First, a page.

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This has led to multiple games being canceled in order to accommodate all teams in the situation. However, the NFL is often forcing teams to play at a disadvantage because even if a player tests negative, they need to go on the COVID-19 list if they’re deemed a close contact of the infected player.

Meanwhile, the league has continued to dole out meaningless fines to coaches not wearing masks on the sidelines, despite Saints players celebrating without masks in the locker rooms. I just think that’s pointless because the players have already been in close contact and practically are like family since they see each other six days a week. If there was a bubble, fines wouldn’t be needed, but what do I know? Why punish teams when the league is at fault?

It didn’t have to be this way. The NFL league officials should’ve set up a bubble environment for teams to play in during the season. They had between February and August to craft a plan to limit the pandemic’s impact on this season, but instead spent the whole time in their fantasy land that often prioritizes money over concerns of players.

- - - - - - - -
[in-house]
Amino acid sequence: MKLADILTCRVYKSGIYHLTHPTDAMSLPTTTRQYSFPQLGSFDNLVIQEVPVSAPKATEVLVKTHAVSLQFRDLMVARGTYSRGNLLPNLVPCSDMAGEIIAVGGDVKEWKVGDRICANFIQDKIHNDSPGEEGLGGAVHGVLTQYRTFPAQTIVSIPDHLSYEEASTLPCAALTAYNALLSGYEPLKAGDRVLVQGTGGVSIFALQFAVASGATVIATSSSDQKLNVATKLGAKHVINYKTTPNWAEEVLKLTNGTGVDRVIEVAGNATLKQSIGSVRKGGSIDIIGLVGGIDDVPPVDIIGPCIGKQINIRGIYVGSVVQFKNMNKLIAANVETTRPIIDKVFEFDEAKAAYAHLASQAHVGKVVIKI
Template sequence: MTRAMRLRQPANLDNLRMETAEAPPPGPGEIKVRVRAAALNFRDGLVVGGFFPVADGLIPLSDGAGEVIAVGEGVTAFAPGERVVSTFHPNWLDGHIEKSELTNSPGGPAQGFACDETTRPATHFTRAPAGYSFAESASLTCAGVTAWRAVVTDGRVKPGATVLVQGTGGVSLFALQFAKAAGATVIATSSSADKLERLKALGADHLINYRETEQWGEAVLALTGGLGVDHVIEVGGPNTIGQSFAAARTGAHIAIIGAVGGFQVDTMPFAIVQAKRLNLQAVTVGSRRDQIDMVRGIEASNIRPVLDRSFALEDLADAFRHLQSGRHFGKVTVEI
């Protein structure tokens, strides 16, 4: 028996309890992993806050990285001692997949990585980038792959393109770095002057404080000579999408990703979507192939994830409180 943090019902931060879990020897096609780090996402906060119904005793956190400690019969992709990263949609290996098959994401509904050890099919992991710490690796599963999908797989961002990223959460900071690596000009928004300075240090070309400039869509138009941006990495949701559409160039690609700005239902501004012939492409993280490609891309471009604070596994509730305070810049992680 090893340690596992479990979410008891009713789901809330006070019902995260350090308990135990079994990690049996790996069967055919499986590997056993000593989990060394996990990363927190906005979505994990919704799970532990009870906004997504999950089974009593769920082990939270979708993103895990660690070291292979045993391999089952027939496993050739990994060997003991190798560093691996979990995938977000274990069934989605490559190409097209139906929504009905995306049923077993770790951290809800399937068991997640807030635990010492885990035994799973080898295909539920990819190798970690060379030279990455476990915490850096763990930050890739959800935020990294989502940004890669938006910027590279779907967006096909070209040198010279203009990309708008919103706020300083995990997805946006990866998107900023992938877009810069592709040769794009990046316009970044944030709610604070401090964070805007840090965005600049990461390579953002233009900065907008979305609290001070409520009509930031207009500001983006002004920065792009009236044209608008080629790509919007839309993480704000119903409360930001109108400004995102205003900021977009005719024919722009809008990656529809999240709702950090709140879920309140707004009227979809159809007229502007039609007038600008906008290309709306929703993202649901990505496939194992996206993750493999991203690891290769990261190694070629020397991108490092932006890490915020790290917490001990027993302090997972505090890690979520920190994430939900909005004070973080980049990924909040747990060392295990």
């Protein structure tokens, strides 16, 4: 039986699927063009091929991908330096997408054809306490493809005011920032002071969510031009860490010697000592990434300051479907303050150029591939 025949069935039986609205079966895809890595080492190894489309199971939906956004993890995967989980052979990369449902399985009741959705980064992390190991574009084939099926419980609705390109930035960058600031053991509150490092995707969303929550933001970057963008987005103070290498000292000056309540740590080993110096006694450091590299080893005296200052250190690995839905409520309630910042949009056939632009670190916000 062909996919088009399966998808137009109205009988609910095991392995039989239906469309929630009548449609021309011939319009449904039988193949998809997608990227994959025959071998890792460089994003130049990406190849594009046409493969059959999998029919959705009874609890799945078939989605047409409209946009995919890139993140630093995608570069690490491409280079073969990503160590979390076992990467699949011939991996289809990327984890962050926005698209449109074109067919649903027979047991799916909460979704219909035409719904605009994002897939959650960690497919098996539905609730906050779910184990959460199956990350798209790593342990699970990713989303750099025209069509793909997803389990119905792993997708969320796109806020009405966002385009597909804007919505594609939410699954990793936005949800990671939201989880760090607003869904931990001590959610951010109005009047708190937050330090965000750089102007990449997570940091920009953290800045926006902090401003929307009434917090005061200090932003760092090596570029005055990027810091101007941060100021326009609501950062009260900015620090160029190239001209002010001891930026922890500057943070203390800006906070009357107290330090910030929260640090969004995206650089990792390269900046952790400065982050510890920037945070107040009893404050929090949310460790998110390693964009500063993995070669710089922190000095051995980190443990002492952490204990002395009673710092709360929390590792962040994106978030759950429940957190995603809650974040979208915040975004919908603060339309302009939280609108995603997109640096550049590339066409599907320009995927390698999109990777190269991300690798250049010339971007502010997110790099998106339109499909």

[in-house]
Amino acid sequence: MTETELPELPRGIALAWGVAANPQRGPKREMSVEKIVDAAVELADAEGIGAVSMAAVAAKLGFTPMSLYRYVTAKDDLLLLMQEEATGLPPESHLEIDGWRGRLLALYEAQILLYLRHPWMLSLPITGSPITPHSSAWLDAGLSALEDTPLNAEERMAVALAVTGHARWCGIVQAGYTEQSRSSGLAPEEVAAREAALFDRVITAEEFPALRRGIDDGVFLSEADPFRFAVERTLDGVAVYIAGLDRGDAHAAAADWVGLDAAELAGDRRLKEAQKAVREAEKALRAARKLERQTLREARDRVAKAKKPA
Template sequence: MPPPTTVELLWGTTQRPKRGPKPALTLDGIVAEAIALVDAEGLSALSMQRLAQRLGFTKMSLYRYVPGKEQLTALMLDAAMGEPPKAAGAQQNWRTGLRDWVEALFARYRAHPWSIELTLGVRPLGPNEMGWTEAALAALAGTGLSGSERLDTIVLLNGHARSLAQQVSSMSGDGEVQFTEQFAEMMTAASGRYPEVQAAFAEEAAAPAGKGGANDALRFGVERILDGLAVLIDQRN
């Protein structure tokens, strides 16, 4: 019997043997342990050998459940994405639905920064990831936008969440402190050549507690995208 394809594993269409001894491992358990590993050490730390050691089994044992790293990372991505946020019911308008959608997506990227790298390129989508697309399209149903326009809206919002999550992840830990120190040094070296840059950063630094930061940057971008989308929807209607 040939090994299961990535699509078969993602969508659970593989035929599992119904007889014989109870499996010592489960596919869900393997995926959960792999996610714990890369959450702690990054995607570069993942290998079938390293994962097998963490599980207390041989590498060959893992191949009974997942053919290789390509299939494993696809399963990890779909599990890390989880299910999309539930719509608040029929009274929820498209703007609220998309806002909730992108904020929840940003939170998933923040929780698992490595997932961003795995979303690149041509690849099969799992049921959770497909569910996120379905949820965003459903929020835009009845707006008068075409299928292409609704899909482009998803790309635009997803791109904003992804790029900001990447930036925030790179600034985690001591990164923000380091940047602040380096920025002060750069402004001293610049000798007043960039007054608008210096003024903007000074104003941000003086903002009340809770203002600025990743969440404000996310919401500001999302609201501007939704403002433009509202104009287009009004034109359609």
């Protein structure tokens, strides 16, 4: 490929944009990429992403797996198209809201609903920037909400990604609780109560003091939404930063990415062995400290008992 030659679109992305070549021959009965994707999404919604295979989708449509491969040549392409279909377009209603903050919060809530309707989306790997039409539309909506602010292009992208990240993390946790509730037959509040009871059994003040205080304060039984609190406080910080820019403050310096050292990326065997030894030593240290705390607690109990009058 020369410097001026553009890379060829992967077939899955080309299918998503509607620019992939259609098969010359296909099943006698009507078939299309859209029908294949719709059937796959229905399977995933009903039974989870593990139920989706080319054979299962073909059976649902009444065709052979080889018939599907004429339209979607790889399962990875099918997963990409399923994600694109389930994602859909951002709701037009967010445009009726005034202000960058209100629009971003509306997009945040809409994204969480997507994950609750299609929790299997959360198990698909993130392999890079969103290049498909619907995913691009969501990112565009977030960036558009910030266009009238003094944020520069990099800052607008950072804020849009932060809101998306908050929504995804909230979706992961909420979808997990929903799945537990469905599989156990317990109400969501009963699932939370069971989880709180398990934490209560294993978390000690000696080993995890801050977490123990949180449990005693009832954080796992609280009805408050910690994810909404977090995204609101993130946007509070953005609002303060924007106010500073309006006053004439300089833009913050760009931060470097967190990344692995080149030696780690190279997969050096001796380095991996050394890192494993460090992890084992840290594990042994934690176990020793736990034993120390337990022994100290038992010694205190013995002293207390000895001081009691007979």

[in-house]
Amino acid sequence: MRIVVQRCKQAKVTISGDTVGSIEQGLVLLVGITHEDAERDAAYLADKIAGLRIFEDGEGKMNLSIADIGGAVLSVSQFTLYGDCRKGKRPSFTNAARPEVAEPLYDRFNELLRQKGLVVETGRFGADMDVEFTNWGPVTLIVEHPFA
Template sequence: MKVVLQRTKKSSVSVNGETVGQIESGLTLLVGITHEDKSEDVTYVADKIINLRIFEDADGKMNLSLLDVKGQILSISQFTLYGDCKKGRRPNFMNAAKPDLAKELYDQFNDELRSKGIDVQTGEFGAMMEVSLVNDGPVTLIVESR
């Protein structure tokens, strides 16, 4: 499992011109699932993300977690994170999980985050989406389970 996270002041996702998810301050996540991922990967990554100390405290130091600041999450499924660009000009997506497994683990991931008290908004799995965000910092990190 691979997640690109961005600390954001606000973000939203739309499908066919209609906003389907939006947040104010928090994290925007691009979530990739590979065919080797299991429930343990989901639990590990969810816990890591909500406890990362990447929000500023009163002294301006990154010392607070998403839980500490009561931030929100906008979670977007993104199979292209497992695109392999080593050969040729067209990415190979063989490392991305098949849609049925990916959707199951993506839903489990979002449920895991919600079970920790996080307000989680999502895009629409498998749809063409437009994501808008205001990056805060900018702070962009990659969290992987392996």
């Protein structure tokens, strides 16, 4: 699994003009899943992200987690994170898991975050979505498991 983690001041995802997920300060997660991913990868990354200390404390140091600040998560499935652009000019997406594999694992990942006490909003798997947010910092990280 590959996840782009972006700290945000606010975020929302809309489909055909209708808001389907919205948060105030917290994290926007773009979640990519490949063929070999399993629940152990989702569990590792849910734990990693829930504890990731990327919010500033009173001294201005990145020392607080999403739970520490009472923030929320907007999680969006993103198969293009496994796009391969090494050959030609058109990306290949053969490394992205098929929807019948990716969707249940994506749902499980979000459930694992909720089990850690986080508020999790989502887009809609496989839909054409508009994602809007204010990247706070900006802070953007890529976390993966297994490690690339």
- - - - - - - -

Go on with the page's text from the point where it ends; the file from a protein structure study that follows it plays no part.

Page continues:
How do I know this? 66 players opted out of the NFL season because they had coronavirus concerns. Before training camp even started, players took to social media in unity to express their concerns over the way the league was handling the situation.

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The NBA bubble lasted over 90 days and not one positive test was recorded after thousands of tests. The MLB avoided a major outbreak early in the season and completed an expanded postseason without any major bumps. 

I understand that the NFL is bigger in the number of teams, players and team officials on a team compared to a sport like basketball, but that doesn’t mean they should’ve mailed it in and decided to proceed in this way. Now you have 32 teams with 53 players on each active roster in addition to the practice squad players that each live a different life coming in contact in one facility. Each player doesn’t know how the others act when they’re outside of the facility.